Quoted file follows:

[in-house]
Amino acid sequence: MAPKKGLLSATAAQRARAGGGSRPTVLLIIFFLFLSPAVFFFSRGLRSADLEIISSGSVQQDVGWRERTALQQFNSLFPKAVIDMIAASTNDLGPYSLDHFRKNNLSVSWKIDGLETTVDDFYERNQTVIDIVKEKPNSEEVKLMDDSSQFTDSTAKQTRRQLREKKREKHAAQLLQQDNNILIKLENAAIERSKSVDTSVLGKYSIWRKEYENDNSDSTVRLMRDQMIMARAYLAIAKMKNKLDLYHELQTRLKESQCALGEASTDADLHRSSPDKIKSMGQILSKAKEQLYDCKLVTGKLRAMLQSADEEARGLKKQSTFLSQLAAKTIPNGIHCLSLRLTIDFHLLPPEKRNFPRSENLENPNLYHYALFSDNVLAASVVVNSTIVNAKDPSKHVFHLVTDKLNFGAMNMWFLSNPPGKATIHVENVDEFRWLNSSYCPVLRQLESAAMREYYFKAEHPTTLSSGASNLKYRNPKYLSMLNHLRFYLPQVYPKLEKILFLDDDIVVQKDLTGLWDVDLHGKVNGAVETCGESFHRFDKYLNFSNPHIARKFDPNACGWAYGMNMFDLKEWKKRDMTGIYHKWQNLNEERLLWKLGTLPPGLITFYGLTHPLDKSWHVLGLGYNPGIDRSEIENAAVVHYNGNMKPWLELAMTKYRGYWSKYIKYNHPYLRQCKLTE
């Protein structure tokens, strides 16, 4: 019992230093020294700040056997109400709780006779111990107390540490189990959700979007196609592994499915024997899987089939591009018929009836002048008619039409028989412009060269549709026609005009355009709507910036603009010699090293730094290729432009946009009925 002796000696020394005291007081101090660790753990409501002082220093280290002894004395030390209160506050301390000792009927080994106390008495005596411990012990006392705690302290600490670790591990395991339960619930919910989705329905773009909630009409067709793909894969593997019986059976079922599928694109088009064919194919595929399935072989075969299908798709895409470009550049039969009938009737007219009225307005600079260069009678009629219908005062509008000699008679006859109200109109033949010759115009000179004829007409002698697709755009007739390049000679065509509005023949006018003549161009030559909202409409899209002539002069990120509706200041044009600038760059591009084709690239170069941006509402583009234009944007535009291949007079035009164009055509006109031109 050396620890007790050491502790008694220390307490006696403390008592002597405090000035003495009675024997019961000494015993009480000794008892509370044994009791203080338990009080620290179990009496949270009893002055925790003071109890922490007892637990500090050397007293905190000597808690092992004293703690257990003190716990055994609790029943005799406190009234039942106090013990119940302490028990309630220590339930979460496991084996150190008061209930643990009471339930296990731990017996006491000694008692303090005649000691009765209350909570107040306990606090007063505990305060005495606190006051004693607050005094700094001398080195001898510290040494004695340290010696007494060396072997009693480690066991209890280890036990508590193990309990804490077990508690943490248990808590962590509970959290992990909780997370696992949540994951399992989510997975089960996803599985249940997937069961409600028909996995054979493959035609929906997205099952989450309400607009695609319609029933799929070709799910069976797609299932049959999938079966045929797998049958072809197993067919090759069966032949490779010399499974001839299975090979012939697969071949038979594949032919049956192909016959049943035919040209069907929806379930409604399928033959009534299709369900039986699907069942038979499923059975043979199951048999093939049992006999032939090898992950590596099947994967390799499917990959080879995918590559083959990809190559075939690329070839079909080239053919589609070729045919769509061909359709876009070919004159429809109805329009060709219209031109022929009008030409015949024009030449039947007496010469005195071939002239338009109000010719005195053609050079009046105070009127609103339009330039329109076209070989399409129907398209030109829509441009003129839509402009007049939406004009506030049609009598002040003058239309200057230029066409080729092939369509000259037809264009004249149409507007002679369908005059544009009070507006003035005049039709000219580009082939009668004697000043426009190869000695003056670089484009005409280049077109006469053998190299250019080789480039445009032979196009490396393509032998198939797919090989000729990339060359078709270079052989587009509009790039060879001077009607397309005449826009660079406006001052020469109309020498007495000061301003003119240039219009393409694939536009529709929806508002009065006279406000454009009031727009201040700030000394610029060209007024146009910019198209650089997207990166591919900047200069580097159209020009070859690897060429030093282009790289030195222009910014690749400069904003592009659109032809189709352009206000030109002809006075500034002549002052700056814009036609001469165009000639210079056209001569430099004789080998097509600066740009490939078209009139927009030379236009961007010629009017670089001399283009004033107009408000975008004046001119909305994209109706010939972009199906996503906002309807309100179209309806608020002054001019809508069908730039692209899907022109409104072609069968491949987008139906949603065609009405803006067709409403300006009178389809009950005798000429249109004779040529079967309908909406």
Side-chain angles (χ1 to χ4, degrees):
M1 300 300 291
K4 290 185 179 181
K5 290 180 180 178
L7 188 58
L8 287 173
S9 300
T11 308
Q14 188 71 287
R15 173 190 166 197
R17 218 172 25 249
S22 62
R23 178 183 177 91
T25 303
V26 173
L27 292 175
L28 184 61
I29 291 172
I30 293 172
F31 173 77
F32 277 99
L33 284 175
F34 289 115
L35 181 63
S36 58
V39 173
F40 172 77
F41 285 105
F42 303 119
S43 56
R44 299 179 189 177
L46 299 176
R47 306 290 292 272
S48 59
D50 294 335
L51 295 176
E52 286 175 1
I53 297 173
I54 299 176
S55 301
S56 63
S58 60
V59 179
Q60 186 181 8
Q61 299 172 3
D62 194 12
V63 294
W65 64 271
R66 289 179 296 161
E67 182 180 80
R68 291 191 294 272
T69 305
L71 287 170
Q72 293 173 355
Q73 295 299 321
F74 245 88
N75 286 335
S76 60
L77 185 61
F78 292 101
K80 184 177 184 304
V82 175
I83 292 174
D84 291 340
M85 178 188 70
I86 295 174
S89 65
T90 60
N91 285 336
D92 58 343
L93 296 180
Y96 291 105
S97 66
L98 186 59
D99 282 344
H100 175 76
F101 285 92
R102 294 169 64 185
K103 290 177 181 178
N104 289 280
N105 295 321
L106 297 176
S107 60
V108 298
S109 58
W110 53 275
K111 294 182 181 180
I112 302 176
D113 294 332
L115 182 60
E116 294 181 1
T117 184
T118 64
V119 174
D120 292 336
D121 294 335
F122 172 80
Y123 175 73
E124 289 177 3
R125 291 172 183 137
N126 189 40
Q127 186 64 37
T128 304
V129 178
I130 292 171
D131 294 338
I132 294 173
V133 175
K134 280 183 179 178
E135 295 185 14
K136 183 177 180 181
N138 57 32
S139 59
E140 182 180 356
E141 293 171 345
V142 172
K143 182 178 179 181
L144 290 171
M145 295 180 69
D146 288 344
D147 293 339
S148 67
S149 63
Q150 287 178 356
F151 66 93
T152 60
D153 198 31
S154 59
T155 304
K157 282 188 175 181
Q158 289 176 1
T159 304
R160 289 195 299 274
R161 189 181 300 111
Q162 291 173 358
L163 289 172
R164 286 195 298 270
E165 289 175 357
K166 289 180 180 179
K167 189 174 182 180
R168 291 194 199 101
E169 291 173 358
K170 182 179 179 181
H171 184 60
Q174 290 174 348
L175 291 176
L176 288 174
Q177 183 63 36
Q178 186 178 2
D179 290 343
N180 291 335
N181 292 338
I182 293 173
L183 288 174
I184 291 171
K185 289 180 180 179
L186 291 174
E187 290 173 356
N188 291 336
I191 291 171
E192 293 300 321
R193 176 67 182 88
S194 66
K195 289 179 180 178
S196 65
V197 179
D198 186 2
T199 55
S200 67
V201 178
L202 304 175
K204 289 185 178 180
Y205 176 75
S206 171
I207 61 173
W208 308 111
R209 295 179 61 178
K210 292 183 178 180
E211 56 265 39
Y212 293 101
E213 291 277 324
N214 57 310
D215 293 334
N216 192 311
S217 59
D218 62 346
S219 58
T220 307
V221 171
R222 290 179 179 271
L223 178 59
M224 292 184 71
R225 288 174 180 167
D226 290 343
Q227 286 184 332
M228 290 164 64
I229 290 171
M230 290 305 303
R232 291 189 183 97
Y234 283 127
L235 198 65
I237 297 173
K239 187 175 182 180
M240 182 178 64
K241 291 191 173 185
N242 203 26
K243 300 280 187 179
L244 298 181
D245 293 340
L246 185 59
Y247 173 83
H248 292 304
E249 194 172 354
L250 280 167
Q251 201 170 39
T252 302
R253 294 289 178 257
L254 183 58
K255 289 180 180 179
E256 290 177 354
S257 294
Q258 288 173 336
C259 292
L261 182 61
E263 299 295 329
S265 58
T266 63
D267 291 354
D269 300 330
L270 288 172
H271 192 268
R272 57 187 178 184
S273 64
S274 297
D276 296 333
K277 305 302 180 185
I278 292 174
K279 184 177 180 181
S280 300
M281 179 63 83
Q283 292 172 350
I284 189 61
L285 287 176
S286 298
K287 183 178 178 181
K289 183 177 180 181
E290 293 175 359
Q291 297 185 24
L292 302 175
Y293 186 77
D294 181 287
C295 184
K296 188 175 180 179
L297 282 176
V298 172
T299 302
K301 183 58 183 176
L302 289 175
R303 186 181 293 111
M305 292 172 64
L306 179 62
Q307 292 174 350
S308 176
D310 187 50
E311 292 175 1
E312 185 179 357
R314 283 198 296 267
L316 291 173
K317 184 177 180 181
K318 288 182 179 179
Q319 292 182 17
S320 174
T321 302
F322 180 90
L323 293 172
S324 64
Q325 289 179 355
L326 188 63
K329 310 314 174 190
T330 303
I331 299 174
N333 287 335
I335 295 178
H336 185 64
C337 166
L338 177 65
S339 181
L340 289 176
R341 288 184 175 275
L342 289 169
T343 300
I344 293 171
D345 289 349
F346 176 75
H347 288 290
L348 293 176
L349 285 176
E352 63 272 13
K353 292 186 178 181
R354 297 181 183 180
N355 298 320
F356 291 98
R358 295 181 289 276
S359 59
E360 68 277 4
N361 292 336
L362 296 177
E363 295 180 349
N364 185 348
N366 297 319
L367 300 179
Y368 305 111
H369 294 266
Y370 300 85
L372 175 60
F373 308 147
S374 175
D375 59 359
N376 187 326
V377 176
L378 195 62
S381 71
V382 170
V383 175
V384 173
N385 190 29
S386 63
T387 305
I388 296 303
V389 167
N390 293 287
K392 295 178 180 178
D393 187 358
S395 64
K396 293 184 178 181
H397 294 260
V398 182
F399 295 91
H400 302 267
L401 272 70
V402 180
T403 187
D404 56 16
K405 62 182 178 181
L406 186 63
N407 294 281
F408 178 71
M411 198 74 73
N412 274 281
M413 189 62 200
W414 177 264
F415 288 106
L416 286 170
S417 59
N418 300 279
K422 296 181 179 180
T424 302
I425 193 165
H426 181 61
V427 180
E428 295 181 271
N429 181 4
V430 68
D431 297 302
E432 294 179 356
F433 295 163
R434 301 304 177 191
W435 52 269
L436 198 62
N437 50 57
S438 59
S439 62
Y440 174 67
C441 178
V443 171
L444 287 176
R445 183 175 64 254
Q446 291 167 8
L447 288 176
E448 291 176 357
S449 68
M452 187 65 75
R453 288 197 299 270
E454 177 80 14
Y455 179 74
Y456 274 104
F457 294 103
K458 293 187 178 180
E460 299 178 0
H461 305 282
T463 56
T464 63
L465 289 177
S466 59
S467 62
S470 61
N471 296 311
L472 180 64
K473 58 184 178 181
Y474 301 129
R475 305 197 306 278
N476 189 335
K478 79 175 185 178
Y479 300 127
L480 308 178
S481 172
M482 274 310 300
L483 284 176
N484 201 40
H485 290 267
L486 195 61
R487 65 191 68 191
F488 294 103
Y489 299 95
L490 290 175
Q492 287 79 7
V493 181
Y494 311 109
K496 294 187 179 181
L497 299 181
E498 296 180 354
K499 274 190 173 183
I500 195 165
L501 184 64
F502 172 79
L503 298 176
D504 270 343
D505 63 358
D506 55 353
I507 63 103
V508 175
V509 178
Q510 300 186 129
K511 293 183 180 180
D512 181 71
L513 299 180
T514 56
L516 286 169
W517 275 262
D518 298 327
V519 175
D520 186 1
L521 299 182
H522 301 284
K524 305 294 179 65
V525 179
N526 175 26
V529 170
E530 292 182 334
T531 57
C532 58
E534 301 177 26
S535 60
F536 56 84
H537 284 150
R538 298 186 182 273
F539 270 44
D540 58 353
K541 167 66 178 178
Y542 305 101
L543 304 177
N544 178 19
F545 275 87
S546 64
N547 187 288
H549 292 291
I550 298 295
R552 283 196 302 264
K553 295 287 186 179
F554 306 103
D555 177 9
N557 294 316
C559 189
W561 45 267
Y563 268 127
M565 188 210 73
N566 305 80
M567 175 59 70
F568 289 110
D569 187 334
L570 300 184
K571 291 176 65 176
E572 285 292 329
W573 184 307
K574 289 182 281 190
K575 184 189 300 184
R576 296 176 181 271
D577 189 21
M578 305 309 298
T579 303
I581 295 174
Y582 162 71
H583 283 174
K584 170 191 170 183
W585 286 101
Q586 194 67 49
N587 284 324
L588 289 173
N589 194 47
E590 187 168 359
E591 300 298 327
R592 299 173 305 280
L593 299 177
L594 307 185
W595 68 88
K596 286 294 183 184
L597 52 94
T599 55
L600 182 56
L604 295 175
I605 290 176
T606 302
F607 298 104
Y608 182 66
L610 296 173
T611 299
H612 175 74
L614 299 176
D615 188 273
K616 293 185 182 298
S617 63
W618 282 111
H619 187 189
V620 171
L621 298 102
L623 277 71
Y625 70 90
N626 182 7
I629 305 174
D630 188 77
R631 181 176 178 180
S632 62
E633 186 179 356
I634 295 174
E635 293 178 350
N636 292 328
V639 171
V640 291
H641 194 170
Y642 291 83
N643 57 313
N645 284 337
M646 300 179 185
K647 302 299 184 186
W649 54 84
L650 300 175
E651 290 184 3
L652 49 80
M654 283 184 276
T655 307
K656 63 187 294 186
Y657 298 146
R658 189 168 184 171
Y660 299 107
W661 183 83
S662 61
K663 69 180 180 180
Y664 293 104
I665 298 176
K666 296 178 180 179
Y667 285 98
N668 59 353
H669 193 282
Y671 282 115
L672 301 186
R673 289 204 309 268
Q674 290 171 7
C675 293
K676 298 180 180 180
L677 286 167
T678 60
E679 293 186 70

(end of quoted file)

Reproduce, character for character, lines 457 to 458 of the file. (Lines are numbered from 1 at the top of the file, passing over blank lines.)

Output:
F536 56 84
H537 284 150